(In 1892 he received a Congressional medal of honour for "conspicuous gallantry at the battle of Wilson's Creek.") In1861-1863he performed various military duties in Missouri.
For his work on etherification Williamson in 1862 received a Royal medal from the Royal Society, of which he became a fellow in 1855, and which he served as foreign secretary from 1873 to 1889.
In 1901 the Copley medal of the Royal Society of London was awarded him as being "the first to apply the second law of thermodynamics to the exhaustive discussion of the relation between chemical, electrical and thermal energy and capacity for external work."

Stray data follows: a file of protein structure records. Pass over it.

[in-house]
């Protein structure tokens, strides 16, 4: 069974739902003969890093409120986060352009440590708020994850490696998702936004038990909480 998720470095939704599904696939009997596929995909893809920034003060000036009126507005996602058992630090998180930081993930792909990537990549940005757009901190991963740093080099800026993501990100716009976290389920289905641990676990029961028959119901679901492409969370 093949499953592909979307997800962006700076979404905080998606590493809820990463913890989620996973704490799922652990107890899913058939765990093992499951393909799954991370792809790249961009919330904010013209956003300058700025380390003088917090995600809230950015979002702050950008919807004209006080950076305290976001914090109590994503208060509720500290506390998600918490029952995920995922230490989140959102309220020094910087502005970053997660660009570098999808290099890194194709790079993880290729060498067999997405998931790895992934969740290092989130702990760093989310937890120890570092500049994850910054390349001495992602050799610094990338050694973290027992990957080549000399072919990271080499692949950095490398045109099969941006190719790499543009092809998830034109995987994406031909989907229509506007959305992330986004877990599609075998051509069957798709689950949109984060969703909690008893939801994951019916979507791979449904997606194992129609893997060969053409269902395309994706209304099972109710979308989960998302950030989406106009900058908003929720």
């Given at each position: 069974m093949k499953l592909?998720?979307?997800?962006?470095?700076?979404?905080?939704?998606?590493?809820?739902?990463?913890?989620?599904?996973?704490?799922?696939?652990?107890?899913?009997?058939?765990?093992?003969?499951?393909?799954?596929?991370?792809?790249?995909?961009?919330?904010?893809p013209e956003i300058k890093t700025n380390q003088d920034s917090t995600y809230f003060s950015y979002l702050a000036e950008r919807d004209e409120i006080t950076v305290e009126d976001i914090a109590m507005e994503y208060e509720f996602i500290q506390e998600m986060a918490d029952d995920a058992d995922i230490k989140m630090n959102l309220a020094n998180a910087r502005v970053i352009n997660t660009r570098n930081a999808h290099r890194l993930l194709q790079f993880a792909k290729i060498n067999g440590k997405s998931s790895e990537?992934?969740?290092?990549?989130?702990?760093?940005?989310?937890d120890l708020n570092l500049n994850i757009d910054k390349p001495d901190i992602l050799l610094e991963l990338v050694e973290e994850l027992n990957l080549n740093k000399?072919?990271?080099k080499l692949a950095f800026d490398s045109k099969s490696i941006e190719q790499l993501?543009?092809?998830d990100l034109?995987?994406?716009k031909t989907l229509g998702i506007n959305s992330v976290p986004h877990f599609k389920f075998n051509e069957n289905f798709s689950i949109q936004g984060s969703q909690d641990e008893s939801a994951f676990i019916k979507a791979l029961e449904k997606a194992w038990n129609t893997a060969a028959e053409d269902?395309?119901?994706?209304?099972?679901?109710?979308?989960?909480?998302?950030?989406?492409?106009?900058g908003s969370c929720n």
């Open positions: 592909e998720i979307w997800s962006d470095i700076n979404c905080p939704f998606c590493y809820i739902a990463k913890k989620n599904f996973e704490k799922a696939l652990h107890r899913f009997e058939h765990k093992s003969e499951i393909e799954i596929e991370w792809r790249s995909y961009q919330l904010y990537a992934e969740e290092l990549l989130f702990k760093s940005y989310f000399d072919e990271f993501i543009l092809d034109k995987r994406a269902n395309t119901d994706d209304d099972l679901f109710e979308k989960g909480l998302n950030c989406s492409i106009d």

The Copley medal was conferred upon him in 1823, and the Lalande prize in 1817 by the Paris Academy, of which he was a corresponding member.
He was especially interested in questions relating to the polarization of light, and his observations in this field, which gained him the Rumford medal of the Royal Society in 1840, laid the foundations of the polarimetric analysis of sugar.